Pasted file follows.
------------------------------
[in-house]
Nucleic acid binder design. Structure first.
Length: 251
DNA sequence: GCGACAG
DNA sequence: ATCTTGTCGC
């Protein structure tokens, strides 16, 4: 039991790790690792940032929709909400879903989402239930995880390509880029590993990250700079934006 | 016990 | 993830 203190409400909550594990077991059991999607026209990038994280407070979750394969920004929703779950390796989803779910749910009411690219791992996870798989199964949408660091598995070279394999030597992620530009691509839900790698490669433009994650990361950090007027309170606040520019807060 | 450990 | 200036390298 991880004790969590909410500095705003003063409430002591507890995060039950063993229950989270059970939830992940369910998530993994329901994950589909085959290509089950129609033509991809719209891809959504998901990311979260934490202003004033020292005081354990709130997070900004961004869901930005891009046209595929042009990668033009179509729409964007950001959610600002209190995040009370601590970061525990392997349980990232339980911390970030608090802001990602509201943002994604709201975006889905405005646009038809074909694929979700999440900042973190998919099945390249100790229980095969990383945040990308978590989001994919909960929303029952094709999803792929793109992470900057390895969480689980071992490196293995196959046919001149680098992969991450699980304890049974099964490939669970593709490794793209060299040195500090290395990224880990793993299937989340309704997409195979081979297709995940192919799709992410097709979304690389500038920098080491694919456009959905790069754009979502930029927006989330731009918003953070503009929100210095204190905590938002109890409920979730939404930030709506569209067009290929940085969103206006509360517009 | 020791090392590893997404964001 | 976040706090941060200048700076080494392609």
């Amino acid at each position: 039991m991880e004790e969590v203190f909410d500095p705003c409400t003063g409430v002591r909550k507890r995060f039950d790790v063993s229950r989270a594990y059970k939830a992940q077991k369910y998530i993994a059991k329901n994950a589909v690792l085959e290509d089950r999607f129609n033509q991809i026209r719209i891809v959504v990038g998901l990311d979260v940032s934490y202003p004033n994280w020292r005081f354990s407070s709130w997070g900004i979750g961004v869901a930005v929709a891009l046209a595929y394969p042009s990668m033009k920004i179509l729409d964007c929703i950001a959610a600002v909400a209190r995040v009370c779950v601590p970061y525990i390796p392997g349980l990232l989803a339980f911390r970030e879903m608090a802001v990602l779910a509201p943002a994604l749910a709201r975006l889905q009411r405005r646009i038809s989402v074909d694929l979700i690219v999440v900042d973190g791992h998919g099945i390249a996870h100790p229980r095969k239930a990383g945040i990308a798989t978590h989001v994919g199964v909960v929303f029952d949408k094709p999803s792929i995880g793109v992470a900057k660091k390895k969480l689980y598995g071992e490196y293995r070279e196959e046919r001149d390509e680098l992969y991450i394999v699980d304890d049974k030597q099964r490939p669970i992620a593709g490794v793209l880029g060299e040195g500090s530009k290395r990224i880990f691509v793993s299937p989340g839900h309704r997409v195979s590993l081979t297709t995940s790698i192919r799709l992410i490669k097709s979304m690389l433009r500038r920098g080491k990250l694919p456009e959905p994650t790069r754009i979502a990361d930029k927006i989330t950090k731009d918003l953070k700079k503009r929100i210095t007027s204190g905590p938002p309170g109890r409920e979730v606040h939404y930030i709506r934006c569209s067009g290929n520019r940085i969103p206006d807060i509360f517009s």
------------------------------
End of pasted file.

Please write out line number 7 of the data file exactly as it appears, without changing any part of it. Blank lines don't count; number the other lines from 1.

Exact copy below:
């Amino acid at each position: 039991m991880e004790e969590v203190f909410d500095p705003c409400t003063g409430v002591r909550k507890r995060f039950d790790v063993s229950r989270a594990y059970k939830a992940q077991k369910y998530i993994a059991k329901n994950a589909v690792l085959e290509d089950r999607f129609n033509q991809i026209r719209i891809v959504v990038g998901l990311d979260v940032s934490y202003p004033n994280w020292r005081f354990s407070s709130w997070g900004i979750g961004v869901a930005v929709a891009l046209a595929y394969p042009s990668m033009k920004i179509l729409d964007c929703i950001a959610a600002v909400a209190r995040v009370c779950v601590p970061y525990i390796p392997g349980l990232l989803a339980f911390r970030e879903m608090a802001v990602l779910a509201p943002a994604l749910a709201r975006l889905q009411r405005r646009i038809s989402v074909d694929l979700i690219v999440v900042d973190g791992h998919g099945i390249a996870h100790p229980r095969k239930a990383g945040i990308a798989t978590h989001v994919g199964v909960v929303f029952d949408k094709p999803s792929i995880g793109v992470a900057k660091k390895k969480l689980y598995g071992e490196y293995r070279e196959e046919r001149d390509e680098l992969y991450i394999v699980d304890d049974k030597q099964r490939p669970i992620a593709g490794v793209l880029g060299e040195g500090s530009k290395r990224i880990f691509v793993s299937p989340g839900h309704r997409v195979s590993l081979t297709t995940s790698i192919r799709l992410i490669k097709s979304m690389l433009r500038r920098g080491k990250l694919p456009e959905p994650t790069r754009i979502a990361d930029k927006i989330t950090k731009d918003l953070k700079k503009r929100i210095t007027s204190g905590p938002p309170g109890r409920e979730v606040h939404y930030i709506r934006c569209s067009g290929n520019r940085i969103p206006d807060i509360f517009s």